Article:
Poppy’s Story – stitched by the New Zealand Women’s Association in London
This Panel 27 shows Sister Edith Popplewell who was in charge of a 24 bed ward at Mount Felix, one of 44 created from The Riverhouse Barn at Walton-on-Thames which is where Mount Felix served as a Hospital in WW1 for wounded New Zealand soldiers returning from Gallipoli and the Western Front. It’s HERE on exhibition!
There’s a very special connection to Prestonpans …
The idea for such a Kiwi tapestry came from a visit to The Prestonpans Tapestry by Emily Boulting, Director in Walton-on-Thames and her subsequent meeting with Andrew Crummy who designed it for them. The famous Damascene moment for Sandy MacCall-Smith when he saw the Prestonpans Tapestry at Edinburgh’s Dovecote and was inspired to get Andrew to design the Great History of Scotland Tapestry often overshadows what went along in Walton-on-Thames. But it should not! Both are extraordinary examples of how our own Prestonpans ‘community art tapestry’, itself inspired by The Bayeux, triggered a still continuing renaissance of such artworks kingdomwide. As we write the Pinkie Cleugh 1547 Heritage Group is stitching its own tapestry close by in Musselburgh also designed by Andrew Crummy ….
Our connection from The Pans goes further however. As Emily and her local embroiderers got started The Prestonpans Tapestry was invited to exhibit in Walton-on-Thames as a modest motivator, proof it could be done. That Exhibition is shown HERE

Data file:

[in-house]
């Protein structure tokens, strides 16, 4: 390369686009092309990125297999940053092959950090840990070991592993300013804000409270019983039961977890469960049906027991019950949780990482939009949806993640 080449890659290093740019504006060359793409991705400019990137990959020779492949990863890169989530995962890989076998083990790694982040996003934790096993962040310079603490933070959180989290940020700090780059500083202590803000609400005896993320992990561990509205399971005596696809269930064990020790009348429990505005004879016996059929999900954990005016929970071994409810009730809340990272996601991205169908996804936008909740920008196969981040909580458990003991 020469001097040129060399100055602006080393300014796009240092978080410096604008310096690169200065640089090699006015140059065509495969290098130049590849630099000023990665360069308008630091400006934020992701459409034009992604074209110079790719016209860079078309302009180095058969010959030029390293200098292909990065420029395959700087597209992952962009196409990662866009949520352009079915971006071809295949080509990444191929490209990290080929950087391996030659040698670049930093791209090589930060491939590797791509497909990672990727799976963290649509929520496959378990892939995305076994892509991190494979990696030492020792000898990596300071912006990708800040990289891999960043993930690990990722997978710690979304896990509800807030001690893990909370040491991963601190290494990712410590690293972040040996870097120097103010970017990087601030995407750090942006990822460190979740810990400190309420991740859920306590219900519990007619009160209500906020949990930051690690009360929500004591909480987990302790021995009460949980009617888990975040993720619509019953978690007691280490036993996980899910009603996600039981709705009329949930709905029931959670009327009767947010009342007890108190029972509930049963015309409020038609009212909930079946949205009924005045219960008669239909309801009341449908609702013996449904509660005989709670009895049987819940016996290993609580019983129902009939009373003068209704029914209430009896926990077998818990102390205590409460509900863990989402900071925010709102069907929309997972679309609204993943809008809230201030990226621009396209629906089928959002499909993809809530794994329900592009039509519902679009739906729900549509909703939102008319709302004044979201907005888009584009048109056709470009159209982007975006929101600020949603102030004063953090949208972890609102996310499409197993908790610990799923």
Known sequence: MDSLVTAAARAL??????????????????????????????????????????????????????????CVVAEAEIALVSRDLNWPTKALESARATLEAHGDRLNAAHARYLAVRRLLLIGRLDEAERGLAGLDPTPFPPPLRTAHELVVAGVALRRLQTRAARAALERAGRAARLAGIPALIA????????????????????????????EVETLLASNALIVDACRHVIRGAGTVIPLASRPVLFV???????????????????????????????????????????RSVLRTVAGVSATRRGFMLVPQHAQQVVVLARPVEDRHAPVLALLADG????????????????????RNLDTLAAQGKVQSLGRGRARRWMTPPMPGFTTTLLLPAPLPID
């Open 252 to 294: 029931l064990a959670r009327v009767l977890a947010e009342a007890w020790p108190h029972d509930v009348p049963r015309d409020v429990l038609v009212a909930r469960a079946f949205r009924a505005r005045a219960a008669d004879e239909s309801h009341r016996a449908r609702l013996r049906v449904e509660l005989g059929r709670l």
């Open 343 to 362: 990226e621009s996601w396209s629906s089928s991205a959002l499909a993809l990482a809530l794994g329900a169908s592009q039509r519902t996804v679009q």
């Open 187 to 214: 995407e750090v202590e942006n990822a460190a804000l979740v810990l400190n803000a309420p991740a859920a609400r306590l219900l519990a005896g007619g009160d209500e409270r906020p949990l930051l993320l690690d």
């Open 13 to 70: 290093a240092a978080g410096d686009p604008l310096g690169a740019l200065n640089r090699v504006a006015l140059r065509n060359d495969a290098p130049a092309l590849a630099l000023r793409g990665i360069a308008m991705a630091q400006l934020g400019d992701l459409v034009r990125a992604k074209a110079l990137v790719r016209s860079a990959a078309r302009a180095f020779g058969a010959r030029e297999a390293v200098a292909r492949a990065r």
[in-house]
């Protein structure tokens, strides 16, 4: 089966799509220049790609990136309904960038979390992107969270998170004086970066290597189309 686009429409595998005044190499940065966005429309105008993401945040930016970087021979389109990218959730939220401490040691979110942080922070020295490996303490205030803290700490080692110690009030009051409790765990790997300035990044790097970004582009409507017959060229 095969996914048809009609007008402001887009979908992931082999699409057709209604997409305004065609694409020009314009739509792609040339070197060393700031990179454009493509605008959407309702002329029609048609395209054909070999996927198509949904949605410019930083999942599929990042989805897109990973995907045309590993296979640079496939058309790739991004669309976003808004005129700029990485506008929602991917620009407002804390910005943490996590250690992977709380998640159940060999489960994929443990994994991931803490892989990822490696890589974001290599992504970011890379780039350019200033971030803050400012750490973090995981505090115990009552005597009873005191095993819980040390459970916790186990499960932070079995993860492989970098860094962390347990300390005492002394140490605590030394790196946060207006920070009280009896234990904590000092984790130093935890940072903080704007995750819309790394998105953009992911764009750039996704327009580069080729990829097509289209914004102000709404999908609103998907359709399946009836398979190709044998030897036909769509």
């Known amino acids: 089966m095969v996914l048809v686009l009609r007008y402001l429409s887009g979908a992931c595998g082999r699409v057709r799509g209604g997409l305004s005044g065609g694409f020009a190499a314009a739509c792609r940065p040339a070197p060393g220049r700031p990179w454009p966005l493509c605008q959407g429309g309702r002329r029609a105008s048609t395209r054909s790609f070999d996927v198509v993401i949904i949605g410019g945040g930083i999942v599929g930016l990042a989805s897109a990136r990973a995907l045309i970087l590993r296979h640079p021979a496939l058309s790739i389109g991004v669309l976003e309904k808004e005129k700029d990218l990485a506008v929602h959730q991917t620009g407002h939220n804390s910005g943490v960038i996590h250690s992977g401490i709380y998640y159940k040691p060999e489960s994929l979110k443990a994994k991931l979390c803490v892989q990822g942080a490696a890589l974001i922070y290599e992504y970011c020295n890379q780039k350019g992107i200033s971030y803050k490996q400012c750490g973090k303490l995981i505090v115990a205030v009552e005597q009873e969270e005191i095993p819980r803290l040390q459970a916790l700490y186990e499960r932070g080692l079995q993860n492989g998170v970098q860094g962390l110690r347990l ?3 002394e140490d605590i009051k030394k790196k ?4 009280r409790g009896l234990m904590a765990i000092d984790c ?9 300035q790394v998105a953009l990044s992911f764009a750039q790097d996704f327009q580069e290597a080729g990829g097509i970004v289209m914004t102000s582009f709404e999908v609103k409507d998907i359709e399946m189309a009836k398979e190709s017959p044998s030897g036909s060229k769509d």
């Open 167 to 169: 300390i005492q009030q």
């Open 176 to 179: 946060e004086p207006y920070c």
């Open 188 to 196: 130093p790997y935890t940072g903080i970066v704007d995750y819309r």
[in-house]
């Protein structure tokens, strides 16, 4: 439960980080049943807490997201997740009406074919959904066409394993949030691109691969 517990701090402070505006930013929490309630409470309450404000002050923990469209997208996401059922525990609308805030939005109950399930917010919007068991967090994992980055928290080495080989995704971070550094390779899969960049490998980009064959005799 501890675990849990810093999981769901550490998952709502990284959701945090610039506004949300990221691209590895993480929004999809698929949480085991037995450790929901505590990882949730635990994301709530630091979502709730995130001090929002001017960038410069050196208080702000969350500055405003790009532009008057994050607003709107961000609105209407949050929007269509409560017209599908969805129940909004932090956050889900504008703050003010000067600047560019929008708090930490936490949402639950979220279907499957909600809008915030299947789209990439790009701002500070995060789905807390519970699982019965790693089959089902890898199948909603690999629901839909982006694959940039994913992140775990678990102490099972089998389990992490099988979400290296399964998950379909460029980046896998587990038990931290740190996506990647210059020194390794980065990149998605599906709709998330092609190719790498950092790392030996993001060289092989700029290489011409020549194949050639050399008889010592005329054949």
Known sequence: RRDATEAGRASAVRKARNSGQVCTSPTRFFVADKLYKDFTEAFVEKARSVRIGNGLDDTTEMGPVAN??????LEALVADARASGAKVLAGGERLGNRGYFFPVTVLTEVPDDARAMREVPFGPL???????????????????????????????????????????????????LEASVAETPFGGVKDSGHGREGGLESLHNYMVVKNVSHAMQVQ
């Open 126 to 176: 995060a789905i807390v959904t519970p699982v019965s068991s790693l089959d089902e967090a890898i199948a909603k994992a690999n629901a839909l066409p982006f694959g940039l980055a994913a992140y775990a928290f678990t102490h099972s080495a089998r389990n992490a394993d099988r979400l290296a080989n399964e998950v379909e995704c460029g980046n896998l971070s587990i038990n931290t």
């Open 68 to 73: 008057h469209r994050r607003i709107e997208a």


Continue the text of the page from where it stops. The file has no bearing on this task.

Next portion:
And furthermore, after its Official Unveiling with the NZ High Commissioner and all the dignitaries imaginable, Riverhouse Barn resolved that it must tour New Zealand just as we have taken our tapestries back across th globe to the stories they recount. The Mount Felix Tapestry has just got back after an 18 month, 8 stop tour ……. and this exhibition is its first viewing since then.
Those involved in other tapestries wont be surprised to learn that 44 panels will soon be 46. Two unstoppable stories emerged during the tour that will join those original tales ….
Opening Times are 12.30/ 5pm daily February 26th/ March 11th, Entrance Free … but it’s a fascinating moment to ponder, on our 10th Anniversary, just how far our initiatives back in 2010 have travelled.